The New Zealand (NZ) government has rolled out a new wave of sanctions targeting oligarchs with close personal ties to President Vladimir Putin or the Russian government, including Chelsea Football Club owner Roman Abramovich.
Foreign Minister Nanaia Mahuta announced that the sanctions on a further 36 individuals came into effect on March 5.
“This list includes some of Russia’s richest businesspeople, as well as chairs and chief executives of some of Russia’s biggest companies,” she said in a media release. “They will not be able to travel to Aotearoa New Zealand, move assets here, or use our financial systems to hide from sanctions imposed by other countries.”
Abramovich was disqualified from running the English Premier League team Chelsea after he was sanctioned by UK authorities. However, the billionaire has vowed to sell the club and direct the proceeds toward aiding the Ukrainian people.
Authorities have also been involved in highly publicized seizures of luxury villas, yachts, and private planes.
Emeritus legal professor Gabriel Moens has raised concerns over the lack of transparency from democratic governments in identifying targets for sanction.
“Simply being an acquaintance of Vladimir Putin is neither a satisfactory nor a sufficient reason for depriving them of their property.” he wrote in The Epoch Times. “The reality is that there are oligarchs who oppose the invasion and are prepared to use their resources to help the victims of Putin’s war of aggression.”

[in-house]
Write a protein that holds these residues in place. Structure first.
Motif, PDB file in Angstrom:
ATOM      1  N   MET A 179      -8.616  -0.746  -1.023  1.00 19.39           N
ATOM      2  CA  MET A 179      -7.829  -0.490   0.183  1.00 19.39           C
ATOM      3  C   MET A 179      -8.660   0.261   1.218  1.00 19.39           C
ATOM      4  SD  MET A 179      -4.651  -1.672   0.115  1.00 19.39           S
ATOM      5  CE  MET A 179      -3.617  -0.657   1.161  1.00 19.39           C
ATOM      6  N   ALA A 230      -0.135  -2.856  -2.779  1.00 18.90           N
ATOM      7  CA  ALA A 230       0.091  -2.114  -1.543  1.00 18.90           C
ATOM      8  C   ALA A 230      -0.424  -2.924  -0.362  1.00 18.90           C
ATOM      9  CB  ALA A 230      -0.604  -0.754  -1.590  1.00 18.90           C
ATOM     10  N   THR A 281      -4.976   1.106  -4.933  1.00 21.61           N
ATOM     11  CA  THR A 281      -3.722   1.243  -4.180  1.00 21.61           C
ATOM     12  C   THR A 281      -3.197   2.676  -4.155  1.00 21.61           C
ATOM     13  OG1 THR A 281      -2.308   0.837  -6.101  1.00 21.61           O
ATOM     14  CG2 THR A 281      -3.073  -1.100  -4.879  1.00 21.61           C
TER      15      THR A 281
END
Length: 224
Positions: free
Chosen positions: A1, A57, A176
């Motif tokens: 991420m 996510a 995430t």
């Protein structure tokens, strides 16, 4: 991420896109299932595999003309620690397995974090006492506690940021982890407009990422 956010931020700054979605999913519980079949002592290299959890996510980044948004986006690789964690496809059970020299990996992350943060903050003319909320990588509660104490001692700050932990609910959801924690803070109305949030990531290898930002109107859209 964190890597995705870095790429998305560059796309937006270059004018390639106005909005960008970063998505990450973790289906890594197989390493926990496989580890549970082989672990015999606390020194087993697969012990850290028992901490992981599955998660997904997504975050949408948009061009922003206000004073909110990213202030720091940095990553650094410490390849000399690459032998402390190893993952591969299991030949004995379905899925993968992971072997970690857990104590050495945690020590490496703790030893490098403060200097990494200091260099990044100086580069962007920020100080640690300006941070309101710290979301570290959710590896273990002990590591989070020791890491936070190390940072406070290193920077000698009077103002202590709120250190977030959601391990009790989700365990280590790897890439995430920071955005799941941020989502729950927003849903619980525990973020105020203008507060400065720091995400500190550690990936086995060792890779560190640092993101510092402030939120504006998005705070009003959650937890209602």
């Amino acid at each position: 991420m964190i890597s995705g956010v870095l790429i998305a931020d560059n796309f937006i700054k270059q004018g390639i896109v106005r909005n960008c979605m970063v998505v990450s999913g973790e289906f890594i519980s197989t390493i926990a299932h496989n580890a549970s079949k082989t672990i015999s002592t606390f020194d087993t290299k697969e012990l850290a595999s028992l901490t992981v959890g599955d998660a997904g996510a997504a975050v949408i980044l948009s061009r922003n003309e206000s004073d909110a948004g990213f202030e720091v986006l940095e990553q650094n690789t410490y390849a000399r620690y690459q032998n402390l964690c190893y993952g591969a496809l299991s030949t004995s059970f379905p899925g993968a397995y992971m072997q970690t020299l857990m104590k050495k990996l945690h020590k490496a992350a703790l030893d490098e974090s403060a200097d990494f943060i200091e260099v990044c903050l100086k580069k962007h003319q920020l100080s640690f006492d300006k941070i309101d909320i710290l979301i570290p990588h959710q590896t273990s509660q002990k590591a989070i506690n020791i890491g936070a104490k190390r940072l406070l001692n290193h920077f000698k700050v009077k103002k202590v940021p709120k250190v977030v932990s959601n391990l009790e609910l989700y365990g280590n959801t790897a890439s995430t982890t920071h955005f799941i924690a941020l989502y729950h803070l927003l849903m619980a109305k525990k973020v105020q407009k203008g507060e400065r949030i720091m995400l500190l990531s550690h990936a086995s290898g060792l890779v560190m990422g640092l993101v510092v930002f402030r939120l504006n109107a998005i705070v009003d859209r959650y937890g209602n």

The foreign minister said further measures would be enacted in the coming weeks.
“New Zealand is appalled at reports over the weekend showing the targeted killing and abuse of civilians, as Russian troops withdraw from areas of Ukraine,” Mahuta said.
She said through the sanctions, New Zealand would work with the international community to put pressure on people supporting Putin
“[It will also] send a clear message that this illegal invasion cannot continue and that the brutality and inhumane acts from Russian troops cannot be tolerated,” she said.
Prime Minister Jacinda Ardern said Russia needed to answer to the world for the reported atrocities its troops have done.
She added that New Zealand had joined the international community in referring Russia to the International Criminal Court but stopped short of called Putin a war criminal.
“Ultimately, it is for the International Criminal Court to make that determination but I think the evidence is there. New Zealand is supporting the prosecutors and gathering that evidence and making sure that Russia is held to account,” she told reporters on March 4.
Meanwhile, the Russian ambassador remains in New Zealand with Ardern saying the government was keeping diplomatic options open but would not rule out expelling him in the future.
“When it comes to expelling ambassadors, that also means you lose your diplomatic representation,” she said. “It is an absolute option for us, it just so happens that we prioritised what we consider much more impactful options at this stage.”
Daniel Y. Teng contributed to this article.